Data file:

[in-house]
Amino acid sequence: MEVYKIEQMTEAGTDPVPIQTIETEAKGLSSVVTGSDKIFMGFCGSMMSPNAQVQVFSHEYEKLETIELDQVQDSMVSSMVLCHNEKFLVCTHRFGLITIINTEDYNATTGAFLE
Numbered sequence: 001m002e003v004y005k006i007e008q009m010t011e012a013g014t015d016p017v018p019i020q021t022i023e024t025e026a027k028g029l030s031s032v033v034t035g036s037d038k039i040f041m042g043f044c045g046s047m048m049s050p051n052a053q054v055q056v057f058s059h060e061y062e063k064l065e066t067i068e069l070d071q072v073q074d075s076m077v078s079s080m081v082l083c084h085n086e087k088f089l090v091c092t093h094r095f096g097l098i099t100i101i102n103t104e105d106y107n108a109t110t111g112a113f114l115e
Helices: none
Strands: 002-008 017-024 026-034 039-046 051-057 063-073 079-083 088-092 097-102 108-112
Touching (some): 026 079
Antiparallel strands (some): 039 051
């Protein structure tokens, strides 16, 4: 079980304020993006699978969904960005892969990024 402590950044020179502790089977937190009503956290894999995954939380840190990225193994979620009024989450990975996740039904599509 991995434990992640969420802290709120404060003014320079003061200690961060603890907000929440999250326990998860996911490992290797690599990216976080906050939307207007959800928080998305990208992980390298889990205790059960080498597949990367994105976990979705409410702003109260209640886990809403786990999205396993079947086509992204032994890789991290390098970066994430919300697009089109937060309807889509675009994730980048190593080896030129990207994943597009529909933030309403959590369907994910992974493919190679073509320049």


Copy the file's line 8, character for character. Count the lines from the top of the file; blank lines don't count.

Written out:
């Protein structure tokens, strides 16, 4: 079980304020993006699978969904960005892969990024 402590950044020179502790089977937190009503956290894999995954939380840190990225193994979620009024989450990975996740039904599509 991995434990992640969420802290709120404060003014320079003061200690961060603890907000929440999250326990998860996911490992290797690599990216976080906050939307207007959800928080998305990208992980390298889990205790059960080498597949990367994105976990979705409410702003109260209640886990809403786990999205396993079947086509992204032994890789991290390098970066994430919300697009089109937060309807889509675009994730980048190593080896030129990207994943597009529909933030309403959590369907994910992974493919190679073509320049």